In any case, last week while in between film screenings on Vancouver Island, we went thrifting. It turned out that it was half price day at Value Village, so I managed to snag 3 sweaters and dress all for $15. (Mmm hmmm – that’s a bargain). I was pretty pleased with myself, having stuck to my  eco guns and shopped secondhand.

And then I started thinking about minimalism. Minimalists aim to live with very few belongings (eg. some people actually count their belongings, aiming to own just 50 or 100 things tops). And I have to say, I’m inspired.  Not to the extend that I am going to ditch my blender or my tickle trunk of awesome costumes, but I have decided to cap my wardrobe.

That’s right, in my newly dubbed ‘one in, one out’ closet, I am going to have to donate 3 of my current tops to charity in order to get my 3 new-to-me sweaters in the door. (No fair trading an old pair of socks for new jeans – they have to be the same general category of clothing).

It seems easy in theory, but when I actually tried to do it, I just couldn’t find three shirts I was willing to part with. I have two rubbermaid containers full of shirts; I only wear maximum 2 at a time; but I seem to have sentimental attachments to every single one.

Grant has been successfully trimming his belongings by taking photos of the items he feel some distance nostalgic connection to and them dropping them off at the Sally Ann. But so far all I have managed to get rid of is a couple pairs of raggedy underwear (rag bag), a few single socks (dusters), and some t-shirts that would fit a 12 year old.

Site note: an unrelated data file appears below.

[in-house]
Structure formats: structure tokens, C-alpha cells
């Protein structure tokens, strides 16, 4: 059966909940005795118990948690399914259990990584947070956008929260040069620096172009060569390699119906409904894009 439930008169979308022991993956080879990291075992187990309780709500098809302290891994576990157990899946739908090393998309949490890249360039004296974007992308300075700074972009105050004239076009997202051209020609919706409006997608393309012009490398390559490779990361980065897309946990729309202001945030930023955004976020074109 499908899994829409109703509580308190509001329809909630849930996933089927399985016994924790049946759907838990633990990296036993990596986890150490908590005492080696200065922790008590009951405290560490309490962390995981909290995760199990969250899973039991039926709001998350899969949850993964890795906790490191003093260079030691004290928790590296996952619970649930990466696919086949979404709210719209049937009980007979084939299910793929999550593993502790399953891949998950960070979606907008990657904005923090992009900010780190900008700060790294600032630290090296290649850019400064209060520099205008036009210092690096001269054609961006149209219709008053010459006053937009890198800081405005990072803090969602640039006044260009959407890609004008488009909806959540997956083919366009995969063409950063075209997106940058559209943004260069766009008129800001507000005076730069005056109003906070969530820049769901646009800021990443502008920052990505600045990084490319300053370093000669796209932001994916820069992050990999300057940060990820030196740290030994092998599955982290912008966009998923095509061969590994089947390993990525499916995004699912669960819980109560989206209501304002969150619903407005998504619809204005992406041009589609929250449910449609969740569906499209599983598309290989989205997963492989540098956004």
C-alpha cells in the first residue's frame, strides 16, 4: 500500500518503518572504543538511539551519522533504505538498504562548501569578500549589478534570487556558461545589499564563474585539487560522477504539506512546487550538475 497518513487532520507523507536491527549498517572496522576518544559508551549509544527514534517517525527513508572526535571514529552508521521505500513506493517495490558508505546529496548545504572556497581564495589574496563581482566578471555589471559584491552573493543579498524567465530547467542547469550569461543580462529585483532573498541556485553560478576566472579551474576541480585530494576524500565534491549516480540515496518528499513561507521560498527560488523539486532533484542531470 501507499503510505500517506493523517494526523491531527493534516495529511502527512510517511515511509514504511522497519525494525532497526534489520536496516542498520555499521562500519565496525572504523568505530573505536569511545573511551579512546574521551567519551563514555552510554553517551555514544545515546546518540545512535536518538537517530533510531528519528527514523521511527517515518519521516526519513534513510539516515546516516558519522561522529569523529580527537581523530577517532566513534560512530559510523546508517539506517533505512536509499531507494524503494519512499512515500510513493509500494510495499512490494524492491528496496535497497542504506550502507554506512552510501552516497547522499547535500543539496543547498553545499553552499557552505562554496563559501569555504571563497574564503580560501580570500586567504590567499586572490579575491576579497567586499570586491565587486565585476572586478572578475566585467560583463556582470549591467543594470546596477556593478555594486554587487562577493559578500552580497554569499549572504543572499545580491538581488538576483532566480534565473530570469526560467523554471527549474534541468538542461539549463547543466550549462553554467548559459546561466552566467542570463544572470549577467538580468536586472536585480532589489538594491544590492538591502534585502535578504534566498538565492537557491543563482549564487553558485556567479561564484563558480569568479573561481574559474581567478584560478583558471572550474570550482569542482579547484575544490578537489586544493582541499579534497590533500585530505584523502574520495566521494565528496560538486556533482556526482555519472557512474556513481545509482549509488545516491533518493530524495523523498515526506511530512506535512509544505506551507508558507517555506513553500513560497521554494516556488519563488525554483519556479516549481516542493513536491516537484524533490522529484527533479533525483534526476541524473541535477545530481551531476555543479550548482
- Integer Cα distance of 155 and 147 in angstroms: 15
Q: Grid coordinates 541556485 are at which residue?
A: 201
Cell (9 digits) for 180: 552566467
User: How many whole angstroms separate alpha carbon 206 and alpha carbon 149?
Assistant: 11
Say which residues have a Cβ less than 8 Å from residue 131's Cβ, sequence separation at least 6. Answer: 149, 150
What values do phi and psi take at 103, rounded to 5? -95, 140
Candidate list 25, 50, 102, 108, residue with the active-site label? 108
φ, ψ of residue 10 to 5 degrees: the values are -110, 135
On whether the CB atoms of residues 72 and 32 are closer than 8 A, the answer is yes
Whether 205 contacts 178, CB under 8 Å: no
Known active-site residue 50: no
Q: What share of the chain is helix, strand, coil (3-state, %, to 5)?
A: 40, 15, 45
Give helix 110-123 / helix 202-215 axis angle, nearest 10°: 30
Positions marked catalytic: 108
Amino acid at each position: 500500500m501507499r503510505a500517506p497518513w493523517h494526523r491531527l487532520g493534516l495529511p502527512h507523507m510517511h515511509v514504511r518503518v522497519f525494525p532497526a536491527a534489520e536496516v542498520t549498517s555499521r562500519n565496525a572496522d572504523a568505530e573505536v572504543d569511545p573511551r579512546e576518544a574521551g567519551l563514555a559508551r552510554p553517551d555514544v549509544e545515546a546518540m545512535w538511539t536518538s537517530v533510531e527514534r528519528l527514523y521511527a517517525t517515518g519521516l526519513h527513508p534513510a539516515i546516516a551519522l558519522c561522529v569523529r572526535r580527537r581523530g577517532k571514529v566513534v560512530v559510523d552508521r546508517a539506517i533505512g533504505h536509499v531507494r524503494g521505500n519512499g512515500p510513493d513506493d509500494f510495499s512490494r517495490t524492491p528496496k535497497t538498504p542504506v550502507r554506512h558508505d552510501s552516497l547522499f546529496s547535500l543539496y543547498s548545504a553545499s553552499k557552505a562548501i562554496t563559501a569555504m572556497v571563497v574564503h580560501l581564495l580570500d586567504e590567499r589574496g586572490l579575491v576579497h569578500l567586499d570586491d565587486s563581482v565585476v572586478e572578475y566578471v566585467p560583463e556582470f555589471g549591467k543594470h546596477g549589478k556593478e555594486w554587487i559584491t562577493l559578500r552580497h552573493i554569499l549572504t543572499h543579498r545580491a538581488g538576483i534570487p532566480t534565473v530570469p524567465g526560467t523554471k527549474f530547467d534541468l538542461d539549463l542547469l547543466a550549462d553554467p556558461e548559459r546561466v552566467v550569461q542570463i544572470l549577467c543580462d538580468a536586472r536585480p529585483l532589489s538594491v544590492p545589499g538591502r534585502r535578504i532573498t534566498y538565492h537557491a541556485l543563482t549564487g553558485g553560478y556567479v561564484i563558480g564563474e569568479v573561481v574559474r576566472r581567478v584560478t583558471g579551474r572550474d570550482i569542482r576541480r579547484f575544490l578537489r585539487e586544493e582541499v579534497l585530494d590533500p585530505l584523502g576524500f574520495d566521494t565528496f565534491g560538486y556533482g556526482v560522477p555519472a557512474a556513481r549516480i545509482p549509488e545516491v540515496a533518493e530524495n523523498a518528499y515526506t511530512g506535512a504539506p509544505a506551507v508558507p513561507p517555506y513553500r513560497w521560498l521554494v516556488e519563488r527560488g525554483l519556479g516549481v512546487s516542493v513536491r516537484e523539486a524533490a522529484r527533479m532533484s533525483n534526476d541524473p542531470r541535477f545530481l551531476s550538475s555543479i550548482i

Seems like to road to wardrobe minimalism is going to be a long one for me.

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Selt Directed Greens vs Uninterested Polluters

I’ve had tons of people come up to me in the past year and tell me about how they only have to take their bin to the curb every few weeks, or how they started composting, or how it drives them crazy when their co-workers don’t recycle. It’s actually fascinating and uplifting all at once.

But I know that for every person like that, there’s another one who drags their overflowing wheelie cart to the curb every single week and that chances are it contains paper, aluminum, glass, and other valuable resources. Continue reading

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Babies Equal Garbage?

babyOk, this is it, I’m a declaring to the world that when I have kids, they will be using cloth diapers the majority of the time.  And you can hold me to it.

What else in the western world creates such volumes of consumer level garbage?  What else makes your garbage smell that fricking bad? Except disposable diapers.

Not that I haven’t been aware of this for awhile, but last weekend, I had occasion to have a few disposable diapers left in my garbage bin, and let me tell you, if I had a garbage bin that smelled like that during the garbage strike, you betcha that I’d be pretty irate.  I’m starting to sympathize with those parents who resorted to dumping their trash in public parks just to get it off their property. . . . Continue reading

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Day 151: Pet Waste

fiddleGato, our cat, was none too impressed, but our household acquired a new member on the weekend: a puppy.  Of course, being of the zero-waste sort of persuasion, we started thinking about pets and the world of waste management.

I will fully admit that we are not the most responsible of pet owners when if comes to waste, allowing Gato to do his thing outside wherever he pleases (which turns out to be primarily under the deck), but a dog is another thing.  Dogs don’t stick to one place, and you can’t have dog crap lying around the yard.  You have to do something with it.  But what? Continue reading